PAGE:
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Oracle Reports Decline In Profits

Oracle’s sales fell more than expected in the first quarter, hurt by a strong dollar and a continued drop in licensed The Oracle logo is seen on its campus in Redwood Citysoftware sales and the company warned revenue could fall in the current quarter even on a constant currency basis.

Like its rivals such as SAP, IBM and Microsoft, Oracle is striving to boost internet-based software sales to head off fast-growing competitors such as

But, analysts have said Oracle’s cloud software business has not been growing fast enough to make up for declines in the 38-year-old company’s licensed software business due to reasons ranging from slow customer adoption to tough competition.

Oracle’s revenue declined 1.7% to $8.45 billion in the quarter ended August 31, missing analysts estimates for the third quarter in a row.

The company said sales increased 7% on a constant currency basis. However, it forecast revenue to range between a fall of 2% to growth of 1% in the current quarter.

“On an apples-to-apples basis, that’s disappointing. It’s pretty clearly below consensus even at the top end,” c said.

Oracle’s shares fell as much as 2.8% in extended trading on Wednesday.

The company’s net income declined 20% to $1.75 billion in the first quarter. Excluding items, it earned 53 cents per share, more than analysts’ estimate of 52 cents.

Sales of Oracle’s cloud-computing software and platform service rose 34% to $451 million. Sales of traditional software licenses fell 16% to $1.51 billion.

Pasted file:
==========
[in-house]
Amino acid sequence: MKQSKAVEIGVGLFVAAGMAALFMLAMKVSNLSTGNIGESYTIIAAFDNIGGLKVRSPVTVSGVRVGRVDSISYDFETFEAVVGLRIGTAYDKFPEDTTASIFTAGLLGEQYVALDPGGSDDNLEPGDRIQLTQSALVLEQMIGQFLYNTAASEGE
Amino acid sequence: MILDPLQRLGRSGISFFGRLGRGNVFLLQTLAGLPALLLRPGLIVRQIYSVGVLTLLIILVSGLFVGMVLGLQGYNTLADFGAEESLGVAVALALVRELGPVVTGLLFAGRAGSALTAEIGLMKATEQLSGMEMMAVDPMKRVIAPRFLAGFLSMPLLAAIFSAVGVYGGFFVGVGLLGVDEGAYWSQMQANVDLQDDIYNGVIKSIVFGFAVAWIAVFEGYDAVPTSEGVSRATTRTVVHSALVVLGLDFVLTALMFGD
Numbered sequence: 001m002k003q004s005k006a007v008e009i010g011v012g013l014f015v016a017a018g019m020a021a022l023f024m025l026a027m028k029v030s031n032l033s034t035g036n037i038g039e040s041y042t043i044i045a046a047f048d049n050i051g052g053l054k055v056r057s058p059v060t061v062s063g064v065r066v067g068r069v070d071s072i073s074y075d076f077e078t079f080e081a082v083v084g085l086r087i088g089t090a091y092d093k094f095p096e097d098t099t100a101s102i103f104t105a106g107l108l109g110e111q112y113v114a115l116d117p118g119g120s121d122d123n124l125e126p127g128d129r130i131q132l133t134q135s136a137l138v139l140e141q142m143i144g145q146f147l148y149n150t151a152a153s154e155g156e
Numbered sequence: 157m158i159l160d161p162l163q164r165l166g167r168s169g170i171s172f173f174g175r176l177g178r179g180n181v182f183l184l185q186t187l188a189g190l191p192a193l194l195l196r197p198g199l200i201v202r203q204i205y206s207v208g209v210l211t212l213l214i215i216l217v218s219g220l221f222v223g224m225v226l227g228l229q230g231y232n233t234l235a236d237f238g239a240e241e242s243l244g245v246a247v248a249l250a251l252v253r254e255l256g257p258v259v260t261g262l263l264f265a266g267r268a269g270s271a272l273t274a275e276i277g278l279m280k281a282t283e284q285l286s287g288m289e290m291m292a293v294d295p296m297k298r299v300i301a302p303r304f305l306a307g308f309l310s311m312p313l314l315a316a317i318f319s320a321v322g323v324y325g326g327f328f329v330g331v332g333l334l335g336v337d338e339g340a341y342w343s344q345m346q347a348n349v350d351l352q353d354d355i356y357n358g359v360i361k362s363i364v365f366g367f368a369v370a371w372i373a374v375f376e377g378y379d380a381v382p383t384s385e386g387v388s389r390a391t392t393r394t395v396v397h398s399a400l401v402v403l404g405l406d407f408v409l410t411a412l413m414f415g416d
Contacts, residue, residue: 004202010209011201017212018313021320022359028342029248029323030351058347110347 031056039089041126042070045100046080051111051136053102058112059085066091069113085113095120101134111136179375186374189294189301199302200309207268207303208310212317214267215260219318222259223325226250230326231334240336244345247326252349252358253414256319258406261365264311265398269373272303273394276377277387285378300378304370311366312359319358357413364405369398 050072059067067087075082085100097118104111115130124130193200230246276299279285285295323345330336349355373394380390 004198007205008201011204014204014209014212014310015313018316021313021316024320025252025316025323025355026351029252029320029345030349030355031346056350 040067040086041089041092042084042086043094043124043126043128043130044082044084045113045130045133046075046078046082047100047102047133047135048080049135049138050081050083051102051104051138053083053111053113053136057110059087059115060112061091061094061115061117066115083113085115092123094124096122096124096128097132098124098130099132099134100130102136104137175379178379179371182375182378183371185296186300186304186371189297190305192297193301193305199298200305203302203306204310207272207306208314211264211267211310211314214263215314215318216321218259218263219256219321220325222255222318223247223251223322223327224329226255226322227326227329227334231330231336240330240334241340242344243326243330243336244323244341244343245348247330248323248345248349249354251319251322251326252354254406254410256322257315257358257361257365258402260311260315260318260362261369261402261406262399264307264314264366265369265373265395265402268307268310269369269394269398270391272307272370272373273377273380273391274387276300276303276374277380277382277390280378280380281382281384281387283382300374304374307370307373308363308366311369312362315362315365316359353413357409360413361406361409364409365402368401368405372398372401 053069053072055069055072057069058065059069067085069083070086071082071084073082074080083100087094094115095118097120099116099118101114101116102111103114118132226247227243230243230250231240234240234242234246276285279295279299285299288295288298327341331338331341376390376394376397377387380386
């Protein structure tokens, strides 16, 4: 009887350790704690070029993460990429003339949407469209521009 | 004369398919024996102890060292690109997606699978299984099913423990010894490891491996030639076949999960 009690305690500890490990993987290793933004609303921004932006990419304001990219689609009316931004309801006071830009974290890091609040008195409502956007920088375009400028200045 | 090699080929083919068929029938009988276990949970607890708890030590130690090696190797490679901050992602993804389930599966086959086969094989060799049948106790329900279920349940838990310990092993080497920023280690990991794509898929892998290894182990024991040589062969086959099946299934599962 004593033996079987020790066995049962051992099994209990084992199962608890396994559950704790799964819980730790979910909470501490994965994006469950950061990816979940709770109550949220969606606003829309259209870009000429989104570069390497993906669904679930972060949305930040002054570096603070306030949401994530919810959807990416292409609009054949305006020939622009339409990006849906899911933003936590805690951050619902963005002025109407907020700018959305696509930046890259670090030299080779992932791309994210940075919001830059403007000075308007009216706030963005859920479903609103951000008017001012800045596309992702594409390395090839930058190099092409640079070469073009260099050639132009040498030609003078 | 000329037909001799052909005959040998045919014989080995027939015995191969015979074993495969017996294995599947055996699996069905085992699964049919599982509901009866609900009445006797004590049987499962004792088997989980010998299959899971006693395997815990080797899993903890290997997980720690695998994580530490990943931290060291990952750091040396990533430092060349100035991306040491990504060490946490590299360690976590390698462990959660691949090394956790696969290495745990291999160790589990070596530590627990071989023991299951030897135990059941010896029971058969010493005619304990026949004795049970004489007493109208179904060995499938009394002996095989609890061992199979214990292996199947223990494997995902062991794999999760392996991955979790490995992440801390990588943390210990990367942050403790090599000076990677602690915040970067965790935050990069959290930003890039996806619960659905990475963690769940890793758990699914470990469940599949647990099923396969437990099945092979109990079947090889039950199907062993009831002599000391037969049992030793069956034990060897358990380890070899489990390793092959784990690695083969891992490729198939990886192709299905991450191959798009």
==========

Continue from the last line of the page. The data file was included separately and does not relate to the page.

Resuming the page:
Wall Street was expecting cloud-based sales to increase 35% and licensed software sales to decline 17%, according to RBC Capital Markets.

“In the foreseeable future the database business continues to be a dark cloud over the company’s head,” FBR Capital Markets analyst Daniel Ives said.

Cloud-based software sales account for a small portion of Oracles’ total revenue as they are subscription based, which promise a steady revenue stream but with lower margins.

Fundamentally, all of Oracle’s software will be available on the cloud by the OpenWorld conference at the end of October, co-chief executive Mark Hurd said on a call with analysts.

Ives said Oracle needs to make acquisitions to fuel growth in its cloud business and convince investors who are sceptical of a turnaround.

He named Splunk, Tableau Software, NetSuite and Workday as “game-changing” acquisitions for Oracle.

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